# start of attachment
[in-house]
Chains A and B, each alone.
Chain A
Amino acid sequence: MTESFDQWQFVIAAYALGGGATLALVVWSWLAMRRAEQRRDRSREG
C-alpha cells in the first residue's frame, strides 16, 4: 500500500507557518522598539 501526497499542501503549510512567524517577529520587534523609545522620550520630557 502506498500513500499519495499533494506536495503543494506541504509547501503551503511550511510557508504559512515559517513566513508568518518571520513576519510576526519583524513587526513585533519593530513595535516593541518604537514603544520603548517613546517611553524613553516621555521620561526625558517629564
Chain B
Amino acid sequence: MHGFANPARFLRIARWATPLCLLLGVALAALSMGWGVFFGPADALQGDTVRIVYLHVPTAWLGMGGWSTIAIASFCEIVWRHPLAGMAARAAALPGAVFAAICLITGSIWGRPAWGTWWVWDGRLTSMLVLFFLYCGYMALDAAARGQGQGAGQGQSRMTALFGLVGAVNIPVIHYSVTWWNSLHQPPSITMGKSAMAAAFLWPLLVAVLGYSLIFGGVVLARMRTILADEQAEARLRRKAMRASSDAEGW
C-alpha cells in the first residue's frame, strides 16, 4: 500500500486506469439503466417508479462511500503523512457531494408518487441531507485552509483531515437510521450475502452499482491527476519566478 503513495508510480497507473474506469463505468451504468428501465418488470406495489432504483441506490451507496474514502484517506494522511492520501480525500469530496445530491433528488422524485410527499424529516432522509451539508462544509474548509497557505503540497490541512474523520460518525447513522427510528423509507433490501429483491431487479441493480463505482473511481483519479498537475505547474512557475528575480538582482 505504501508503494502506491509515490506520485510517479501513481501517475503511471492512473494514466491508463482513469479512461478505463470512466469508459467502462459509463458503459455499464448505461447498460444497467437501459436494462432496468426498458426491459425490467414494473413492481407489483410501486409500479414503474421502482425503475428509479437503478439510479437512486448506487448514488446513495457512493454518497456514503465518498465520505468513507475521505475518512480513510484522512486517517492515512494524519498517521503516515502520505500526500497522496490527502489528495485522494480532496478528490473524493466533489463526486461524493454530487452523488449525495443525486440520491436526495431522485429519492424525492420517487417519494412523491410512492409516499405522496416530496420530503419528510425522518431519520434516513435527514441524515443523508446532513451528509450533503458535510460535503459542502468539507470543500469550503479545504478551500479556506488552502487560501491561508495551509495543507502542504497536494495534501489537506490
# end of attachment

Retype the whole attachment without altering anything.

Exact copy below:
[in-house]
Chains A and B, each alone.
Chain A
Amino acid sequence: MTESFDQWQFVIAAYALGGGATLALVVWSWLAMRRAEQRRDRSREG
C-alpha cells in the first residue's frame, strides 16, 4: 500500500507557518522598539 501526497499542501503549510512567524517577529520587534523609545522620550520630557 502506498500513500499519495499533494506536495503543494506541504509547501503551503511550511510557508504559512515559517513566513508568518518571520513576519510576526519583524513587526513585533519593530513595535516593541518604537514603544520603548517613546517611553524613553516621555521620561526625558517629564
Chain B
Amino acid sequence: MHGFANPARFLRIARWATPLCLLLGVALAALSMGWGVFFGPADALQGDTVRIVYLHVPTAWLGMGGWSTIAIASFCEIVWRHPLAGMAARAAALPGAVFAAICLITGSIWGRPAWGTWWVWDGRLTSMLVLFFLYCGYMALDAAARGQGQGAGQGQSRMTALFGLVGAVNIPVIHYSVTWWNSLHQPPSITMGKSAMAAAFLWPLLVAVLGYSLIFGGVVLARMRTILADEQAEARLRRKAMRASSDAEGW
C-alpha cells in the first residue's frame, strides 16, 4: 500500500486506469439503466417508479462511500503523512457531494408518487441531507485552509483531515437510521450475502452499482491527476519566478 503513495508510480497507473474506469463505468451504468428501465418488470406495489432504483441506490451507496474514502484517506494522511492520501480525500469530496445530491433528488422524485410527499424529516432522509451539508462544509474548509497557505503540497490541512474523520460518525447513522427510528423509507433490501429483491431487479441493480463505482473511481483519479498537475505547474512557475528575480538582482 505504501508503494502506491509515490506520485510517479501513481501517475503511471492512473494514466491508463482513469479512461478505463470512466469508459467502462459509463458503459455499464448505461447498460444497467437501459436494462432496468426498458426491459425490467414494473413492481407489483410501486409500479414503474421502482425503475428509479437503478439510479437512486448506487448514488446513495457512493454518497456514503465518498465520505468513507475521505475518512480513510484522512486517517492515512494524519498517521503516515502520505500526500497522496490527502489528495485522494480532496478528490473524493466533489463526486461524493454530487452523488449525495443525486440520491436526495431522485429519492424525492420517487417519494412523491410512492409516499405522496416530496420530503419528510425522518431519520434516513435527514441524515443523508446532513451528509450533503458535510460535503459542502468539507470543500469550503479545504478551500479556506488552502487560501491561508495551509495543507502542504497536494495534501489537506490